The nonprofit solar provider RE-volv recently closed a $3 million investment to finance solar installations at nonprofit organizations in underserved neighborhoods across the U.S. The investment from the Kresge Foundation and the Schmidt Family Foundation builds on RE-volv's recent contract with the U.S. Department of Energy to help BIPOC (Black, Indigenous and people of color)-led houses of worship go solar.
RE-volv is based on a pay-it-forward model for solar energy. Nonprofits can make the switch to rooftop solar with long-term financing and no upfront cost, saving 15 percent or more on their energy bills right away. When these organizations make payments on their panels, RE-volv reinvests the money into its Solar Seed Fund — which backs more solar projects in more communities across the country, creating what it calls a "revolving fund for solar energy that continually perpetuates itself."
"Nonprofits provide vital services in the U.S. — from affordable housing to health care, from addressing food insecurity to providing education and job training," Andreas Karelas, founder and executive director of RE-volv, told TriplePundit. "Whatever the charitable mission of the organization may be, nonprofits spend a large percentage of their budget on operational costs like keeping the lights on. By saving them money on their electricity bills through solar, nonprofits are able to put that money back into their mission, better serving their constituents."
RE-volv has installed over 3.5 megawatts of solar capacity for more than 50 community-based nonprofits across 14 states over the past decade, saving these organizations $20 million collectively on their energy bills.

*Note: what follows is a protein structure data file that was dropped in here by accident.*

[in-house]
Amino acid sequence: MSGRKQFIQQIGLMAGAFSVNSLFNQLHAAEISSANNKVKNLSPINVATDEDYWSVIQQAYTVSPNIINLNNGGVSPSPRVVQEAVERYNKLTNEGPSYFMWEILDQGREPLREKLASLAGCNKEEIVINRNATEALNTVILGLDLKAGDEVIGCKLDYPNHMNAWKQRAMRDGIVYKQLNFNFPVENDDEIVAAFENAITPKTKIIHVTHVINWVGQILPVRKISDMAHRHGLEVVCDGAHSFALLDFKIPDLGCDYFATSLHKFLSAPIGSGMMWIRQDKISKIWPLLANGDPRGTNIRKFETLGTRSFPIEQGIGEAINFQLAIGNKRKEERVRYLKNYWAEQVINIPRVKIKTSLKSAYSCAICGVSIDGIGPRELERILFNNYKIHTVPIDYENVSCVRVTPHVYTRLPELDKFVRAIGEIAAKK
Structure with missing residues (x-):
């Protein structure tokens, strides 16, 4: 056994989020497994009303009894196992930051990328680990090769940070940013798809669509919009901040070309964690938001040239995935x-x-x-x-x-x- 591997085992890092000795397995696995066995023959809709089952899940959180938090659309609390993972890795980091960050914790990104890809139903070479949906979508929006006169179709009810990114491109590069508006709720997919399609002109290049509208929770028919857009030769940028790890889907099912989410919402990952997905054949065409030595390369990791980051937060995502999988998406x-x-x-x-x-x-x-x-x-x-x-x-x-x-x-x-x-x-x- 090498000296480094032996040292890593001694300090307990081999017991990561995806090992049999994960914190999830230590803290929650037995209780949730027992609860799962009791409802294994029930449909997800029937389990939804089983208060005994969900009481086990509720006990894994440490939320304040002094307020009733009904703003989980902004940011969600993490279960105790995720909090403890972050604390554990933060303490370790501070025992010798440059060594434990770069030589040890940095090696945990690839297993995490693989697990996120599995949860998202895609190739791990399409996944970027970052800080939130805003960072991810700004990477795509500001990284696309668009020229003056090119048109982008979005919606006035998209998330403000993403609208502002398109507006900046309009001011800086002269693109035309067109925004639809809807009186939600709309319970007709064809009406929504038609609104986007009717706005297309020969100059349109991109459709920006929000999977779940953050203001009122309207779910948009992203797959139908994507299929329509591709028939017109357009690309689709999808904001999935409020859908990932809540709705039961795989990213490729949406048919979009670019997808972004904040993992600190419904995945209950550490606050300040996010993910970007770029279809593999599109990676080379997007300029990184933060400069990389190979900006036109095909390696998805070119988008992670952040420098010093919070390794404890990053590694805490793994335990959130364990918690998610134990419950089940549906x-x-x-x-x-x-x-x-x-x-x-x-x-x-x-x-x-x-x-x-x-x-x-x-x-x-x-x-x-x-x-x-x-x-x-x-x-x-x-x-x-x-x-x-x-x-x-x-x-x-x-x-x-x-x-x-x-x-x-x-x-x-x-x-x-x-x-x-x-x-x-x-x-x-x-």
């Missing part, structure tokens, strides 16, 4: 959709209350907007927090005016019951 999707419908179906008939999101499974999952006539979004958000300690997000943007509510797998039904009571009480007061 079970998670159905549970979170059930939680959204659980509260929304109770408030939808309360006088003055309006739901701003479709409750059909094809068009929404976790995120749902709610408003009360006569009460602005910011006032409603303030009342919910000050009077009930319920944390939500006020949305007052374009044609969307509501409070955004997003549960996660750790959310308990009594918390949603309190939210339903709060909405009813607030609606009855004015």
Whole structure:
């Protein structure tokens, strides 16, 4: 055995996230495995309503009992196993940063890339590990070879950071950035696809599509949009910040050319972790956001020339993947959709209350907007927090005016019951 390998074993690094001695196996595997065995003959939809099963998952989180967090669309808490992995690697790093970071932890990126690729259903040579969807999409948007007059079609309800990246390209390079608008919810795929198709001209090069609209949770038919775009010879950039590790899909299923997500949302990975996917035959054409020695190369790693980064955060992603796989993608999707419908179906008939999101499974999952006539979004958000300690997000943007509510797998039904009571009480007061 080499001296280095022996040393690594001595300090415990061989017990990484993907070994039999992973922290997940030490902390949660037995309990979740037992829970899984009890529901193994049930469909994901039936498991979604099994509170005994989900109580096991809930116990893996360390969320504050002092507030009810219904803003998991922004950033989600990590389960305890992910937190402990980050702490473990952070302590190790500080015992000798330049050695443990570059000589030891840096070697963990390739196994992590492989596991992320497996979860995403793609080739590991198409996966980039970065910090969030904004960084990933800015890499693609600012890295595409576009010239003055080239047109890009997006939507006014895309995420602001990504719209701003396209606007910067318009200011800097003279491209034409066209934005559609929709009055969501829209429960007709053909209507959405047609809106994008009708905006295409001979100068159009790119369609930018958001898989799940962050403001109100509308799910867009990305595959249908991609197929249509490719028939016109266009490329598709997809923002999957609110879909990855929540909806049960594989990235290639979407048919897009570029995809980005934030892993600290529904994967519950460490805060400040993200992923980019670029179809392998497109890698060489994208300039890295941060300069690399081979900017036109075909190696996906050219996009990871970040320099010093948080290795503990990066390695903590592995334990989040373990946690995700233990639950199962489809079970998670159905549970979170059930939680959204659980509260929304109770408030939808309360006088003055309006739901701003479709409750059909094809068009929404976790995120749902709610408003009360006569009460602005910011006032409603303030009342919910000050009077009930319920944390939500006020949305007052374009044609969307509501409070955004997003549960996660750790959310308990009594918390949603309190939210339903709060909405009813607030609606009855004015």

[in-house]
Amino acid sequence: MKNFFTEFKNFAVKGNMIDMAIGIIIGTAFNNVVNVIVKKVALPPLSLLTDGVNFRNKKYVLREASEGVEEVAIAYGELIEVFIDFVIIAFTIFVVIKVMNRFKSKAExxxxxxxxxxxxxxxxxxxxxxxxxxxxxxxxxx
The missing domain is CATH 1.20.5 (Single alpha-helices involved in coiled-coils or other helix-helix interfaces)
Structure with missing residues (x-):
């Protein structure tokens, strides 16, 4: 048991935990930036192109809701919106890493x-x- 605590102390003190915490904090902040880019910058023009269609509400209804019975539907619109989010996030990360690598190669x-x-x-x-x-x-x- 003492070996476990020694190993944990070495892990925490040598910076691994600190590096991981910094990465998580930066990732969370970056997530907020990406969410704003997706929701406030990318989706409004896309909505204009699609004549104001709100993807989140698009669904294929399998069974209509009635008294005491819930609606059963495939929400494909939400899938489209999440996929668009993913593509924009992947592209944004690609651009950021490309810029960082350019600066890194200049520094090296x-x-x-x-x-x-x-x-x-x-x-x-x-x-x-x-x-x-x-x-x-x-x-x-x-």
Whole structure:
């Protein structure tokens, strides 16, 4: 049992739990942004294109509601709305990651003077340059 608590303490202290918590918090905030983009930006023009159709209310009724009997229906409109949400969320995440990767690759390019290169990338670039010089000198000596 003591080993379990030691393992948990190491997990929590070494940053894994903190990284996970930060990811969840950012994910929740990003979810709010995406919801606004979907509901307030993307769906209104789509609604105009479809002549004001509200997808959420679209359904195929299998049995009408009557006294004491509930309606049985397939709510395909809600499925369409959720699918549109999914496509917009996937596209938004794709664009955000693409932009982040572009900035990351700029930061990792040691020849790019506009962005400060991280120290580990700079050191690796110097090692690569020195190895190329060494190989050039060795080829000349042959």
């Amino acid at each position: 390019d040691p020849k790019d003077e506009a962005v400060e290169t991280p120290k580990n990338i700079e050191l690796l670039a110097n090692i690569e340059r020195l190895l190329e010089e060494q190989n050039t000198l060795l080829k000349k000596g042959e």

While it's able to solarize nonprofits anywhere in the country, its focus areas for the new investment include communities in New York, New Jersey and Massachusetts, as well as a push to reach nonprofits in California before a rule change on April 14 will limit savings for customers, Karelas said. RE-volv also works with university students across the country through its Solar Ambassador Fellowship Program, "who are looking for projects to spearhead in their areas," he told us. They'll get some help from new mapping tools developed in partnership with the National Renewable Energy Laboratory, which identify areas and communities where solar projects will have the most meaningful positive impact.
"In particular we prioritize bringing solar to communities where solar is less common, with the goal of accelerating local solar adoption rates," Karelas explained. "With each new project, the Solar Seed Fund is able to provide more nonprofits with solar — planting additional seeds for solar in communities across the country."
RE-volv's solar finance model is unique in that it exclusively serves nonprofits, but it's not the only way funders are looking to bring clean power to communities that are traditionally underserved. The Kresge Foundation's investment in RE-volv, for example, is part of a broader $7 million package aimed at boosting solar capacity in neighborhoods of color across the country. That includes another $1.1 million to bring community solar to environmental justice groups and affordable housing developments through the Working Power Impact Fund, one of many new community solar deals to hit the U.S. over the past year.